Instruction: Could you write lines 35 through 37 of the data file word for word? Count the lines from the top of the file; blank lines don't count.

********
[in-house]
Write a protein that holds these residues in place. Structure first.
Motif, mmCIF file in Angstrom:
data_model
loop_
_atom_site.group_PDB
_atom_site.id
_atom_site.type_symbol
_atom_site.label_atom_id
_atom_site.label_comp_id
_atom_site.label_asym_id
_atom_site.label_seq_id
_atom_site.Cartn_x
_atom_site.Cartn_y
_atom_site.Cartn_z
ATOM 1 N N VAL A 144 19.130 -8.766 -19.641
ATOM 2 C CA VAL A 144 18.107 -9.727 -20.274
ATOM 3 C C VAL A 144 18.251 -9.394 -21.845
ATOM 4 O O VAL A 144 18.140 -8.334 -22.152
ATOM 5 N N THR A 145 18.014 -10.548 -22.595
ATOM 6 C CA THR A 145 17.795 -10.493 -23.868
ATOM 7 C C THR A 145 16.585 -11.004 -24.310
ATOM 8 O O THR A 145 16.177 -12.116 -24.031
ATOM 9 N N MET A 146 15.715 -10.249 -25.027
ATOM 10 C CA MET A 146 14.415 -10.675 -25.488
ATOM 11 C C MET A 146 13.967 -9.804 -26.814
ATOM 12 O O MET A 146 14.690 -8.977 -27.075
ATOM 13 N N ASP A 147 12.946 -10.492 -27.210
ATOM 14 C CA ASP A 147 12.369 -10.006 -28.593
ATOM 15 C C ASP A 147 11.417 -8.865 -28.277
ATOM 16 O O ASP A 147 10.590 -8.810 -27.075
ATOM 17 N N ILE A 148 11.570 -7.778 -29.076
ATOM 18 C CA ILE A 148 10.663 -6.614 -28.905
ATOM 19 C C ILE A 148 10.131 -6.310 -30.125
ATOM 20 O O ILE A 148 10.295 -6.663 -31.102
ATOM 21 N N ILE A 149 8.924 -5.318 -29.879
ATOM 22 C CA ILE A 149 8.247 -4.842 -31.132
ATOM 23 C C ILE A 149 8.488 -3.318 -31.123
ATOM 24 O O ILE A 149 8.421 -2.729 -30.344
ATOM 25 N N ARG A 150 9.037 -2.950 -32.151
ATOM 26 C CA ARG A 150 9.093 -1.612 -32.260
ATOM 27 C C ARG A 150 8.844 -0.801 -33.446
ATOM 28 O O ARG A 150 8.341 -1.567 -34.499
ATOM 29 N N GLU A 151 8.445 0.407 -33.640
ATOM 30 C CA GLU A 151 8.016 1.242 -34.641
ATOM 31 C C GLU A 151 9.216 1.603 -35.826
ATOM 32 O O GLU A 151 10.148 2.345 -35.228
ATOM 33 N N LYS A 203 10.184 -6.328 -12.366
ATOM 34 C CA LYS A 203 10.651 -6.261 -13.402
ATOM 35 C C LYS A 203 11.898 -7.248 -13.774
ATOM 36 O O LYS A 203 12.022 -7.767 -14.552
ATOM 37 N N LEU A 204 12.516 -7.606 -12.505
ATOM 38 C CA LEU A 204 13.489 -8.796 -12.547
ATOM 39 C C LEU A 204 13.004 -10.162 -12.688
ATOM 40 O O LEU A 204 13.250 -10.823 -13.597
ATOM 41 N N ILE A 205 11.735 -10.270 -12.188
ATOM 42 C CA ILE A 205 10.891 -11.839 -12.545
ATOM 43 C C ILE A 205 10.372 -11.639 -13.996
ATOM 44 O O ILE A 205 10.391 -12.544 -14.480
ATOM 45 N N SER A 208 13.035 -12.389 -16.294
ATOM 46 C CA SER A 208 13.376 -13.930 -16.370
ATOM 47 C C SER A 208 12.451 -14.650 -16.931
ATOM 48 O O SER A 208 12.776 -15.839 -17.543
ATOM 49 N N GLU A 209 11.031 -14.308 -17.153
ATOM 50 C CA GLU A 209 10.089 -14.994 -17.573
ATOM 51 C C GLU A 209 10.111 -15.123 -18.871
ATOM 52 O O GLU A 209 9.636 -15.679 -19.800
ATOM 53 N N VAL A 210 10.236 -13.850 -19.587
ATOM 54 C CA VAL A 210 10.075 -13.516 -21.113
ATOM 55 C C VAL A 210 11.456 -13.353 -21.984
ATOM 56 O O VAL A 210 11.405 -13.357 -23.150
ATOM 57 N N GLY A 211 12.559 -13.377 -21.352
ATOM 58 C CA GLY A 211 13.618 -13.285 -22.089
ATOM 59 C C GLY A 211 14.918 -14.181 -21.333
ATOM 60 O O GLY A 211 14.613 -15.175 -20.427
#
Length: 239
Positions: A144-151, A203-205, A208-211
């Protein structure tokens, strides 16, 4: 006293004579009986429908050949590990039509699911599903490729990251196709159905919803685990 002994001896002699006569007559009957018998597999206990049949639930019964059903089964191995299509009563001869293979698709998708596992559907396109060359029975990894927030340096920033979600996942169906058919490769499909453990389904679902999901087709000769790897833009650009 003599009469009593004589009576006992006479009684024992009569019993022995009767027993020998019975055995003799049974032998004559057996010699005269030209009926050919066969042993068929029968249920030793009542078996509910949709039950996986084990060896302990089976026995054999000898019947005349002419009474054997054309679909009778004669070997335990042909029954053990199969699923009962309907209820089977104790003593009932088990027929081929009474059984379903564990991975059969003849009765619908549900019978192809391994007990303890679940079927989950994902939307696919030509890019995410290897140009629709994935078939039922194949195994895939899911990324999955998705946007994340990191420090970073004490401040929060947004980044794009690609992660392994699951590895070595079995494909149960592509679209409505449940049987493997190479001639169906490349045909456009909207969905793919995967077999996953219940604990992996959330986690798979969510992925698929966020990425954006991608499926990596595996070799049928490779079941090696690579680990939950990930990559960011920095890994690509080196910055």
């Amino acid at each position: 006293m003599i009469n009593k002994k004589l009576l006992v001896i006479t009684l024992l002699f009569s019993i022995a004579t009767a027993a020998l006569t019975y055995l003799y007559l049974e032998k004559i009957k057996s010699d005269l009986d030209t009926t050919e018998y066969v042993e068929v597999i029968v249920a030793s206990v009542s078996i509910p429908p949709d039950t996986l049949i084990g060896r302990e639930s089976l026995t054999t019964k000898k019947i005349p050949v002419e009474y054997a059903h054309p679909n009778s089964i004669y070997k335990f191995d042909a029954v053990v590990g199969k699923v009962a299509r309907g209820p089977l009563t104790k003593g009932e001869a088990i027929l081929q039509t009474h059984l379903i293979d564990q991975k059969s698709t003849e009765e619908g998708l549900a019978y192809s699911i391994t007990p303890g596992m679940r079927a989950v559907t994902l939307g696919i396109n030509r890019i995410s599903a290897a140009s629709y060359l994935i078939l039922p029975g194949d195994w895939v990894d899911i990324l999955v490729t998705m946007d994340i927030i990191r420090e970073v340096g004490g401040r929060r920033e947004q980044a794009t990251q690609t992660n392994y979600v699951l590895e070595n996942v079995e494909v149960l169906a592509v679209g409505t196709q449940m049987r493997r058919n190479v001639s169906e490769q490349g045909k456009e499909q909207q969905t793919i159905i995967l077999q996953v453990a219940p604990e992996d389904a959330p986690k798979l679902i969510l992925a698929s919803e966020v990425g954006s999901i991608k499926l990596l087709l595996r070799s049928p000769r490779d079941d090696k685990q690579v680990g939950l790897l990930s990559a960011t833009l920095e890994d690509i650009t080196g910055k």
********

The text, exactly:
ATOM 20 O O ILE A 148 10.295 -6.663 -31.102
ATOM 21 N N ILE A 149 8.924 -5.318 -29.879
ATOM 22 C CA ILE A 149 8.247 -4.842 -31.132